Backup Importance, Its Types And Strategies
Data is the lifeblood of your business, so you can’t afford to lose a single byte. A backup is a copy of your data, and it’s something that everybody should do regularly, as part of a comprehensive disaster recovery policy. When your business relies on complex systems there’s plenty to go wrong, so you must have measures in place to save you when they do. Things that typically lead to data loss are:
- disk failures due to hardware malfunctions, power outs, or improper use
- network difficulties. There are lots of scenarios for this, and one would be lost packets that don’t get acknowledged due to router congestion
- files corrupted by viruses
- hackers or unhappy employees erasing or corrupting data
- people stealing hardware
Try as you might, you’ll never be 100% safe from these sorts of unwanted events. That’s why you’re always going to need a backup strategy to protect you. There’s no perfect backup plan because everyone’s circumstances are different, so here are some examples to help you weigh up the pros and cons:
Possible Backup Strategies
First, you’ll need to decide what medium you’re going to use to back your stuff up. In the age of cloud services, tape drives look like yesterday’s technology, but they have the advantage of being cheaper and they are still reliable. It’s up to you whether you go for the tape route for your long-term server backups, but you will save money if you do. Naturally, there are high capacity discs as well, and the cost of those is coming down all the time. With either tape or disc, you’re relying on network backup systems that suffer from a single point of failure, but they have the advantage of being easier to administer than many individual ones.
You could automatically backup individual workstations or you could educate your staff to do their own backups at regular intervals on a shared network location.
Whatever media you use you will need to decide where you are going to keep them. But if it’s on-site, what happens if the building catches fire? Safety of the environment has to be one of your concerns, and you also need to think about climate control too, because magnetic media are picky about the conditions they are kept in.
The strategy you choose will be a combination of a backup schedule and different types of backup, such as normal, copy, incremental, differential, and daily. You’ll also need to decide whether you will verify your tapes as soon as each backup is done.
If this all sounds too complex then you can always employ a third party to do it for you. They look after everything and all you need to do is upload your backups to them.
We mentioned some backup types in the preceding paragraph. The majority of network backup software, such as Microsoft Windows NT Backup and Windows 2000 Backup, supports five ways of backing up:
Covers your most important system and data files. Restoring is no more complicated than just going to the most recent backup.
This provides an extra copy of a backup, which might be useful to your accounts department for regular archiving and reporting. It backs up the same files as a normal backup but is slightly different. A normal backup clears the archive bit associated with each backed up file and indicates that they’ve been backed up. But a copy backup doesn’t do this though, which means you can do it at any time without interrupting the cycle—the copy backup tape is separate from the backup cycle and you don’t need it to restore anything.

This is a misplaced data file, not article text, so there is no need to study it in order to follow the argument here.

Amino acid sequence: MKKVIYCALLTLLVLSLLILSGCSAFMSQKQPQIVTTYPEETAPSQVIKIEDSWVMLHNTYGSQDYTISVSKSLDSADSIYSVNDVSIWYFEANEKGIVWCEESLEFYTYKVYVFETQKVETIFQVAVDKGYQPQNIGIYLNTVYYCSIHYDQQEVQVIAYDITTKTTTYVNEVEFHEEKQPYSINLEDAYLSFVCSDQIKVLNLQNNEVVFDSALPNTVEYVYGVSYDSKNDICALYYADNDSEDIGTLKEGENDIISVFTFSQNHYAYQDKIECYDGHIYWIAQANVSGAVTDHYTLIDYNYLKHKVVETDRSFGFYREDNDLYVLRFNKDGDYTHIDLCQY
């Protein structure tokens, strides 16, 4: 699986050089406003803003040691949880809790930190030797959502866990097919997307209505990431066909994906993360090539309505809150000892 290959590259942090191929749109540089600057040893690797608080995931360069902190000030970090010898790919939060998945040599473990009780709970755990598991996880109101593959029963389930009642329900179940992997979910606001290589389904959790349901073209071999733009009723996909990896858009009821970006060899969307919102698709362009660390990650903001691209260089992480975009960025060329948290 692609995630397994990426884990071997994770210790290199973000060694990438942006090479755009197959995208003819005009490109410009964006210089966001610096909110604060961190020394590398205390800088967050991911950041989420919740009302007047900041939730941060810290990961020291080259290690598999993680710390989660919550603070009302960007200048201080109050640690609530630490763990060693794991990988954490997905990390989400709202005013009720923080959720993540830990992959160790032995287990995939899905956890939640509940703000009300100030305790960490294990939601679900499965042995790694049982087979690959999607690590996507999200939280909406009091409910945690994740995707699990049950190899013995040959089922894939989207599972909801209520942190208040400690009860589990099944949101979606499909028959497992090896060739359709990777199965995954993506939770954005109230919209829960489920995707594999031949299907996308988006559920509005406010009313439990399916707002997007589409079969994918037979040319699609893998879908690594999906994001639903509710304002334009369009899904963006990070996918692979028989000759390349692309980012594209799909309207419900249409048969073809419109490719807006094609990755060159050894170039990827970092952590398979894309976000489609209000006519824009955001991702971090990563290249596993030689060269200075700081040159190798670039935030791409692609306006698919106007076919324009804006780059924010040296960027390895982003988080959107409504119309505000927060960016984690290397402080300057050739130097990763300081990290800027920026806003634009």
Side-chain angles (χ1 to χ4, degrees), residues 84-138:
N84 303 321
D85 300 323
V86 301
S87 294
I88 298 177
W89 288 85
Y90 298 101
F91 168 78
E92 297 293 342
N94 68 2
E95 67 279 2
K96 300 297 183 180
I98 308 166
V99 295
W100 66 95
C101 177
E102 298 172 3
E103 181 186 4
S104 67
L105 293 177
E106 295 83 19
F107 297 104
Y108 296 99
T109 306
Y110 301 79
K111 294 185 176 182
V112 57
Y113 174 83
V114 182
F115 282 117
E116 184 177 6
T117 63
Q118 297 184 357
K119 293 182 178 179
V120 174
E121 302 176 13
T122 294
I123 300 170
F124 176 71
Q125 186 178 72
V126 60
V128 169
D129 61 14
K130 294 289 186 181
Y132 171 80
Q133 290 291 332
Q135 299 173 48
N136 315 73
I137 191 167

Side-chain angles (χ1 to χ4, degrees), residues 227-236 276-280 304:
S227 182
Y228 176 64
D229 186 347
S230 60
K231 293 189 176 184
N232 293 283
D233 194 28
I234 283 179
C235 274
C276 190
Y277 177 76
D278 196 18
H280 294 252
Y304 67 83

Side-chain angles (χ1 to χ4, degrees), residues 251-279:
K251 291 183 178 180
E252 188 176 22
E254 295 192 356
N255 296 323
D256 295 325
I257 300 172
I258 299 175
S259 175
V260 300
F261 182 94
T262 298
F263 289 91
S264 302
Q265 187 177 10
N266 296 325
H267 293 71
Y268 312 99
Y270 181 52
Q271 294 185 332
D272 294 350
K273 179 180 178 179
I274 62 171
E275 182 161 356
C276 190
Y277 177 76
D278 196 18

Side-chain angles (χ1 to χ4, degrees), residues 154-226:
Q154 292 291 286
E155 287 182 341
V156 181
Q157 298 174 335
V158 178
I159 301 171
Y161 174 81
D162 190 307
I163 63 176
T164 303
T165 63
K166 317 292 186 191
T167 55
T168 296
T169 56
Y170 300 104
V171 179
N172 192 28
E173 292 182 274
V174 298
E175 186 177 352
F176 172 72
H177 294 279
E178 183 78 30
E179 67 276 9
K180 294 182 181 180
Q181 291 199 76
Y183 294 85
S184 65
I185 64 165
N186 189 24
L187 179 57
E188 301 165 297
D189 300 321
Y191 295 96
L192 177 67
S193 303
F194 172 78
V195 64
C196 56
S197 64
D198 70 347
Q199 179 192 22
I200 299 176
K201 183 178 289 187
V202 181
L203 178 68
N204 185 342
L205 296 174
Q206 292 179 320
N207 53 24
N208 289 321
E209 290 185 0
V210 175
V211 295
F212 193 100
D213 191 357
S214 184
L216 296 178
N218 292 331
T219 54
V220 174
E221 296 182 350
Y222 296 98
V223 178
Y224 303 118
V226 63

This only backs up files that have been created or changed since the last backup. If you combine normal and incremental backups, you’ll save time and use less storage space than if you only perform normal backups. But if you need to do a restore, you’ll need to use the normal backup along with all the incremental backups from the current backup cycle to do so.
Copies whichever files have been created or modified since the most recent normal or incremental backup. The archive attributes of differential backup files aren’t cleared, which means that during the next differential backup these files will be backed up again. In terms of changes, differential backups will accumulate them as they go. This means that each differential backup in a given backup cycle has every file from the most recent differential backup, along with any files changed since the last time it was done. So, when you want to restore, you’ll typically just use the normal backup and the most recent differential backup from the current backup cycle to do it.
Daily copy backup
Copies every file that’s been updated on the day this is performed. This is useful for when you want to know there’s a backup of everything that’s been done that day. It’s useful and it doesn’t interfere with the backup cycle in any way.
The Effects of Backup Operations
The different operations affect the archive attributes of the files and directories they back up in different ways. A backup operation marks the archive attribute by removing it to show that the file has been backed up. If that file is modified later, its archive attribute is set (unmarked). This table shows what the different types of backup operations do to the archive attribute:
- Normal backup – cleared
- Copy backup – no effect
- Incremental backup – cleared
- Differential backup – no effect
- Daily copy – no effect
Backup Solutions For Plesk Servers
Plesk hosting platform provides various reliable cloud backup solutions as well as granular/self-service recovery options for administrators.
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